During this convention, a group of people dressed as aliens had shown up and asked for Jason’s help, but he mistook these people for cosplayers and assumed they wanted him to show up for an event the next day. However, when he wakes up the following morning—after leaving the convention and drinking himself to sleep—Jason sees these same cosplayers standing outside his window. Figuring he’d slept in and is late for some event, he goes with these “fans” and they take him to the set of a ship, where he is supposed to be negotiating with an evil alien named Sarris.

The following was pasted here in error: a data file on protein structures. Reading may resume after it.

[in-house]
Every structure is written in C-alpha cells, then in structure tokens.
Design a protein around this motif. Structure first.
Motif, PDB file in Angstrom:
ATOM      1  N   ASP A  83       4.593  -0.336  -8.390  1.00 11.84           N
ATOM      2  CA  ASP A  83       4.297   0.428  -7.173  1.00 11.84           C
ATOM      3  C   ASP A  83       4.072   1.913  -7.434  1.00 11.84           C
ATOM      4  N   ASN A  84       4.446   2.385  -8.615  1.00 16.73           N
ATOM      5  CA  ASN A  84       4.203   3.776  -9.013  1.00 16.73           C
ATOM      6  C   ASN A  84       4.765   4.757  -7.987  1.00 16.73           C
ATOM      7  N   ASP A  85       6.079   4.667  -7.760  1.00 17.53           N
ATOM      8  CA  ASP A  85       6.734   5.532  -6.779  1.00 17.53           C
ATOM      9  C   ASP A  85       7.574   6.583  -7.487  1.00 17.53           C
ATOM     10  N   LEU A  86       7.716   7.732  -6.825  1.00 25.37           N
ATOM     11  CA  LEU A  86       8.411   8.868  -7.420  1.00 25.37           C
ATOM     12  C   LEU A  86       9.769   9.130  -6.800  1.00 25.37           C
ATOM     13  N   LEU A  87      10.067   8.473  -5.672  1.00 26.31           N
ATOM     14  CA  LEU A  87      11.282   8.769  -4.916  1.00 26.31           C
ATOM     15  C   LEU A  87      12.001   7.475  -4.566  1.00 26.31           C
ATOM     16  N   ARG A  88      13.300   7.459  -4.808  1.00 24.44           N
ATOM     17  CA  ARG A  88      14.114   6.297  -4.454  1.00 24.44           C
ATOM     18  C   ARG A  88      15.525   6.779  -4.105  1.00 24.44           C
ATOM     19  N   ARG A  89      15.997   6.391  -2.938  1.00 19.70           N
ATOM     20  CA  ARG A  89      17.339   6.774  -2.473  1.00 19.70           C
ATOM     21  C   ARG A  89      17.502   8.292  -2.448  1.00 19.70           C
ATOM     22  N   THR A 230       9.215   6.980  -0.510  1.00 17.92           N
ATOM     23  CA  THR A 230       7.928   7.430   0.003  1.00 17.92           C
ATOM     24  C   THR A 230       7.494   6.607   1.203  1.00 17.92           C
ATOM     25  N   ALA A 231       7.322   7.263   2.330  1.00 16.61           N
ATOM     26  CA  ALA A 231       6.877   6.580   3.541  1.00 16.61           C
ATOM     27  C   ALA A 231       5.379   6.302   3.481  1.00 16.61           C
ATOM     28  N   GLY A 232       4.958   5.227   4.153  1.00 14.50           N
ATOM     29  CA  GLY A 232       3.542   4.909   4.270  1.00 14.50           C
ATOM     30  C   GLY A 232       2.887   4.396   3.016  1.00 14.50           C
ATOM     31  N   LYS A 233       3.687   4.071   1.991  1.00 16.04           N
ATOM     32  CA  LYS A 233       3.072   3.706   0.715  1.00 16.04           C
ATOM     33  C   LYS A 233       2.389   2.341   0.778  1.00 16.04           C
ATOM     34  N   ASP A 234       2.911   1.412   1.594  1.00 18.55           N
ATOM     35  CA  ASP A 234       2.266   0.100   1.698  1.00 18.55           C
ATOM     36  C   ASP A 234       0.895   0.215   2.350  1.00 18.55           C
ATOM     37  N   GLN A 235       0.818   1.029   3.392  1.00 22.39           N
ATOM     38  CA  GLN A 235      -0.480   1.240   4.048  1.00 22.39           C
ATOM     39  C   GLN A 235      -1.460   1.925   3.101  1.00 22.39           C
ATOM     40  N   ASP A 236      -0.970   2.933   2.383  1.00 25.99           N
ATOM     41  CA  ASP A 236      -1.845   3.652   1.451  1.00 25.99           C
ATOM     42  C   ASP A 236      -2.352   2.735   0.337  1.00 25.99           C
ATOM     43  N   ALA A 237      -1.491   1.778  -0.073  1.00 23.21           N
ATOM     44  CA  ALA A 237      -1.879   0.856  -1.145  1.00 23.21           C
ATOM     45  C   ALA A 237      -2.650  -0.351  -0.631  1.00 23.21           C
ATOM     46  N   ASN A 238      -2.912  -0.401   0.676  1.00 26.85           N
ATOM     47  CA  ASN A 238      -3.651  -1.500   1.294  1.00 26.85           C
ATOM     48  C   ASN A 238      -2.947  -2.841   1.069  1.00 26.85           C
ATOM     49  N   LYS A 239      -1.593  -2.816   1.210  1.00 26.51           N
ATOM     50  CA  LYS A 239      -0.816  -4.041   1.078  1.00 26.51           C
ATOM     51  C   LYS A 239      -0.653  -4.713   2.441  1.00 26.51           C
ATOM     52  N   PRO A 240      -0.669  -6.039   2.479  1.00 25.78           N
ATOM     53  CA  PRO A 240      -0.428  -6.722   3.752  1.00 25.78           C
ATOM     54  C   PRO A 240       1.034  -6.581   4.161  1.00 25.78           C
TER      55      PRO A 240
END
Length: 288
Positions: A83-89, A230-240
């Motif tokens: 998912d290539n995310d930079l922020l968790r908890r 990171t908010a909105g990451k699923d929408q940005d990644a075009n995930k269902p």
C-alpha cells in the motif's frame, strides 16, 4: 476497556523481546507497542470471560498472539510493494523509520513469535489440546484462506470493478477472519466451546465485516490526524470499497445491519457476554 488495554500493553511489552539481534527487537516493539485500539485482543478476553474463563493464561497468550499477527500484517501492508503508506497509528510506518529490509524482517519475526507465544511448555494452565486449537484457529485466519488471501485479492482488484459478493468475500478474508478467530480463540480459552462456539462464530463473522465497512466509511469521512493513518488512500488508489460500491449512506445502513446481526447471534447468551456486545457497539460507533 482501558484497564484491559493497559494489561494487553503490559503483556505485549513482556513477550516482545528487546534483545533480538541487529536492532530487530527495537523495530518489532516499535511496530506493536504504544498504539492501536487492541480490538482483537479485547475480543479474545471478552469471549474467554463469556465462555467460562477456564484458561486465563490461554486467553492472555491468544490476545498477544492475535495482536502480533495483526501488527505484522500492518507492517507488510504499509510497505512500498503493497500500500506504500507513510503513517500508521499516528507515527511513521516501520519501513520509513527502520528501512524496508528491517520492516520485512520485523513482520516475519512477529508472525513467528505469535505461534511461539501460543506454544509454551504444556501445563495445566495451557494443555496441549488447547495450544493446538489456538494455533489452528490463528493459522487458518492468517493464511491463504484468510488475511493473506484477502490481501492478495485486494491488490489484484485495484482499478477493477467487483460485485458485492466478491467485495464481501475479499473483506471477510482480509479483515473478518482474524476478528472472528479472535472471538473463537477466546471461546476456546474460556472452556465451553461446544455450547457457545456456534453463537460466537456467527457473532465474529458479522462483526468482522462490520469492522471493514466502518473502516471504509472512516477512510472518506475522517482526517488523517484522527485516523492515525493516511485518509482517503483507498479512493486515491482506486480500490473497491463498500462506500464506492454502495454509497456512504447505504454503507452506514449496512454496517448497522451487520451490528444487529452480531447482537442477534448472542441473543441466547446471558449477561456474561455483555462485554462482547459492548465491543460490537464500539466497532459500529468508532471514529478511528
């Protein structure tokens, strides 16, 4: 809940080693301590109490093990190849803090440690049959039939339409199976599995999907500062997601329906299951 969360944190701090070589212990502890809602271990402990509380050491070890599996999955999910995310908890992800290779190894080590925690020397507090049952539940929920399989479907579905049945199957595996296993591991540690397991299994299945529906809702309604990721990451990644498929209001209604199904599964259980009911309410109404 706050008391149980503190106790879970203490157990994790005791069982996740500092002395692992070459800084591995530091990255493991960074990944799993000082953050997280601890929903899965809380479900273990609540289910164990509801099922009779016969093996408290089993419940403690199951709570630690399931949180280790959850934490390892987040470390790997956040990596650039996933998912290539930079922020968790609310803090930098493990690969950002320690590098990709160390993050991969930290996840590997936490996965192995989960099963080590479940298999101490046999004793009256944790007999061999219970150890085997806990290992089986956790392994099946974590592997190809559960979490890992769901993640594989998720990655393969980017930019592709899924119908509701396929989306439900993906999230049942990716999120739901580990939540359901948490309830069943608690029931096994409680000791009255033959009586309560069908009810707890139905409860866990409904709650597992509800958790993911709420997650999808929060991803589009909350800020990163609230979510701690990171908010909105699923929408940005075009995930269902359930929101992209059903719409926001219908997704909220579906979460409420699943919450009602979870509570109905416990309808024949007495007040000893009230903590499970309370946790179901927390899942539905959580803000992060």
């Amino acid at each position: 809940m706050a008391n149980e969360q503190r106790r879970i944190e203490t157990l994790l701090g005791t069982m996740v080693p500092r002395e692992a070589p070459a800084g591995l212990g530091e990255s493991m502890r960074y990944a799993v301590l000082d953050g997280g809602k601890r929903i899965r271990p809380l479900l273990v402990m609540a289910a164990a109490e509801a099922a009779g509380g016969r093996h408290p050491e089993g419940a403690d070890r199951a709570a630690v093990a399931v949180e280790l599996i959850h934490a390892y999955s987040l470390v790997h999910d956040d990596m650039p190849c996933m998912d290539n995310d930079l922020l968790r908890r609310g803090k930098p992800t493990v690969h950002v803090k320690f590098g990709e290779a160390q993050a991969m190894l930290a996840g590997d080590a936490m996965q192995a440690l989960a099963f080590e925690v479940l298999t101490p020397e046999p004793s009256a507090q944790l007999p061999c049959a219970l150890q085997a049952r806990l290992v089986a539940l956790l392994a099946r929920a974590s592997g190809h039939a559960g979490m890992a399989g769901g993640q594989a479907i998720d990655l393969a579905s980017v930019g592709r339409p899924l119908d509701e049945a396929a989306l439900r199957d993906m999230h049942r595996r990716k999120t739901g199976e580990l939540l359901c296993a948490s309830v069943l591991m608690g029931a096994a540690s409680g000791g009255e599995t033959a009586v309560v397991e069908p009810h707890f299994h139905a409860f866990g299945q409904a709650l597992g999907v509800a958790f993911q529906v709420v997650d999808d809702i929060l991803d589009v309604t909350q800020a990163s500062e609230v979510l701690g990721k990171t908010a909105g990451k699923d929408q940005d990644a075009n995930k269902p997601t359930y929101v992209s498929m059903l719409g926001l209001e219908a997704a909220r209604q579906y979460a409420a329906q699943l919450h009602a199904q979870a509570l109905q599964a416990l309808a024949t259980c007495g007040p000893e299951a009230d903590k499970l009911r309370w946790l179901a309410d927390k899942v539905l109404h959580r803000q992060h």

Eager to leave for his next gig, Jason orders all the weapons to be fired at Sarris and decides to leave. But as he is standing in the middle of some vacant room, wondering where his limo is, he’s covered in a translucent goo, and the room turns out to be some sort of hanger. The doors open to reveal a massive planet and Jason is shot into space. The next scene shows Jason shivering as he is standing by his pool, steam swirling around him.
Realizing he’s just encountered aliens, and has presumably killed some villian, he rushes to find his friends who are delivering a pitch for a local store. I must pause here to compliment the late Alan Rickman. He plays the movie’s caricature of Spock, Alexander Dane, and like Spock, he has been given a catch phrase which he’s supposed to repeat during various events, “By Grabthar’s hammer, by the sons of Worvan, you shall be avenged.” In this scene, he repeats a portion of the catchphrase. The amount of contempt Alan Rickman displays for the foul phrase is simply amazing.